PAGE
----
A particular local skill and handicraft are the painted eggs. Every house will have uniquely painted eggs, skilfully and minutely ingrained with coloured wax onto a starched egg shell. A local egg museum has a range of local designs as well as international pieces on display and even if you are not appreciative of kitsch, it will leave you quite speechless. Here, art, skill and dedication merge seamlessly.
Even if you can’t make it to the annual Easter Egg Festival, you can still admire the folk patterns on the houses. The tradition started with Leontina Țăran who asked the village artist Dumitru Tom to decorate her house. Seeing that it attracted tourists and nosy people, the mayor made it mandatory for every new house to be likewise decorated and painted in bright colours, with the town paying for the expenses. Now, not only are the houses dyed in the village, but also the churches! The better the paintings, the better your reputation as a household owner.
Peleș and Bran Castle
If you only have one day trip option during a stay in Bucharest, I highly recommend visiting Peleș Castle. It is by far the most stunning building I have seen in Romania and deserves to rank in the top three for any must-see Romania attractions lists. Its design is neo-Renaissance and is a bold mix between several European castle styles, such as Italian and German. It also serves as a museum and you can see marvellous and well-preserved furniture inside.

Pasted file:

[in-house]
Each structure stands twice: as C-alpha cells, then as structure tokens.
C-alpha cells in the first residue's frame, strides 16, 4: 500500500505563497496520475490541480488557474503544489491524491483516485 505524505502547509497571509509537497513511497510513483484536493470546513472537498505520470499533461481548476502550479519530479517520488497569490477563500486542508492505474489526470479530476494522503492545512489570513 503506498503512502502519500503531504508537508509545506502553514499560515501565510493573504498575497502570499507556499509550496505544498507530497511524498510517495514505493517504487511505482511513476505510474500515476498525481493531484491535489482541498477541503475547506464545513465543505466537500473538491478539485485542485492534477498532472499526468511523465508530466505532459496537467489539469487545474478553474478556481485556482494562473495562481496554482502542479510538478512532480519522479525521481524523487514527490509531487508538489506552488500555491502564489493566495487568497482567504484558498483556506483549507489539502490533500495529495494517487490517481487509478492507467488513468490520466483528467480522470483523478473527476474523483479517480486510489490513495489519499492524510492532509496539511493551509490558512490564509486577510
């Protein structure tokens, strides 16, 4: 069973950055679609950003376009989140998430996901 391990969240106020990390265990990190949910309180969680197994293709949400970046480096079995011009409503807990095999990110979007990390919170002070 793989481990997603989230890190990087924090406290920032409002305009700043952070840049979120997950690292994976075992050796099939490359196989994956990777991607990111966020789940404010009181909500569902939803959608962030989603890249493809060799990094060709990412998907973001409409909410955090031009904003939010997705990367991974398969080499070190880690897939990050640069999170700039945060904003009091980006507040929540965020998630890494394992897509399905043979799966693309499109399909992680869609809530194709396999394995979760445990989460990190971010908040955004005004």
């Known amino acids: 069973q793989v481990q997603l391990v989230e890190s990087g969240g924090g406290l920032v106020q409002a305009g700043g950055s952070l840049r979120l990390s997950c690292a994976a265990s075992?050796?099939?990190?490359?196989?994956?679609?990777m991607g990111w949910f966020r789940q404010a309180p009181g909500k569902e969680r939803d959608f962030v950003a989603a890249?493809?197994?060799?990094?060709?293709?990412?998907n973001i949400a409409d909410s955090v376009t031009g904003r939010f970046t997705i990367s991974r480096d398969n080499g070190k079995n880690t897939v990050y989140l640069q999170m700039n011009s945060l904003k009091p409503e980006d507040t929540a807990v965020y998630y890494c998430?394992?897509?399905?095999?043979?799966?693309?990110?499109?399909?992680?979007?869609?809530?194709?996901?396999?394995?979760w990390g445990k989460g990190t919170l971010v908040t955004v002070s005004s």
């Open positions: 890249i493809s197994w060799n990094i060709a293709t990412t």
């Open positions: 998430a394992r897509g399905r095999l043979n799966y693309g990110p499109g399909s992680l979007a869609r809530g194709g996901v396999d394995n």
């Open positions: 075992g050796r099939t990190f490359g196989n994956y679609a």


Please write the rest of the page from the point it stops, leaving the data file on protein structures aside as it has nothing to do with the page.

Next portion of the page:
To tick off another castle in one go, walk up the hill next to Peleş Castle and marvel at the smaller Pelişor Castle. That’s where King Ferdinand I and Queen Marie of Romania once lived. As of now, this castle is still the property and private residence of the Royal family, which the late Michael I of Romania insisted upon.
In case you want to fit in another popular castle, often ranking as one of the best places to visit in Romania, then schedule in Bran Castle as well. Just be aware that even though the castle is advertised as Dracula’s Castle, it was only a very vague source of interpretation to Bram Stoker’s famous novel. And Vlad the Impaler, on whom Dracula was based, never lived here either. (I even made a video about it.)
Clay Castle of the Valley of Fairies
A very unique and personal project can be found in the aptly named Valley of Fairies. A local Romanian decided to fulfil his childhood dream and build a fairytale home for himself. You can even rent out rooms at Castelul De Lut din Valea Zanelor if you like to feel straight out of Snow White and the Seven Dwarfs. It is excessively cute albeit not yet finished. Still, you can visit even if you are not staying (it is very popular).
How to Get to the Best Romania Attractions
If you have your own car, you can easily get around. Even trains and buses are relatively easy to use to get around Romania. However, getting to more remote areas proves to be difficult. So, if you want the hassle to be taken out of it all, why not join a tour? I swear even if you are a solo traveller, it can be so much fun as you meet like-minded travellers. (That’s how I travelled Australia!) Plus, with youth travel tour providers there often are up To 50% Off Travel Tours!
Have you ever heard of any of these Romania attractions? Which did you think were the best places to visit in Romania?